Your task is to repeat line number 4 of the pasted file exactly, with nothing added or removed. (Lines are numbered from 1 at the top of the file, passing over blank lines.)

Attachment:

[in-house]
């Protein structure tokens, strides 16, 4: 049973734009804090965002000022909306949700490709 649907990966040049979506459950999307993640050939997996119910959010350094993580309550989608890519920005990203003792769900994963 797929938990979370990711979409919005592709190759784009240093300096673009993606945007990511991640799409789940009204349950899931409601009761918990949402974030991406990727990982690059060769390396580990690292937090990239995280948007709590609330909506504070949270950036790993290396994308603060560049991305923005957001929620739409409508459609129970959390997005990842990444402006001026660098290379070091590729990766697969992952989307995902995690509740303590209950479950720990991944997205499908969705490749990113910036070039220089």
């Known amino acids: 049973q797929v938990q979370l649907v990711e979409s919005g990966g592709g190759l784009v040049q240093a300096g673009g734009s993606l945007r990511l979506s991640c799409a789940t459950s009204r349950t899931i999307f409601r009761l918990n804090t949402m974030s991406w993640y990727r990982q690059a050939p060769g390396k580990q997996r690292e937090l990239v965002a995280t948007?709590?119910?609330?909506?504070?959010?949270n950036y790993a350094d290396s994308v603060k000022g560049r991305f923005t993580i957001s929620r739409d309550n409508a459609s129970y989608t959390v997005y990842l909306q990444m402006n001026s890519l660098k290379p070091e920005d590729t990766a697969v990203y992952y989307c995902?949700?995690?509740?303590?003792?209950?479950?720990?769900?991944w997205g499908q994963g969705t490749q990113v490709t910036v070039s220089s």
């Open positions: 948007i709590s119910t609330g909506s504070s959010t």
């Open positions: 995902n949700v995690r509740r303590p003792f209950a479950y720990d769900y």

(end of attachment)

């Open positions: 948007i709590s119910t609330g909506s504070s959010t």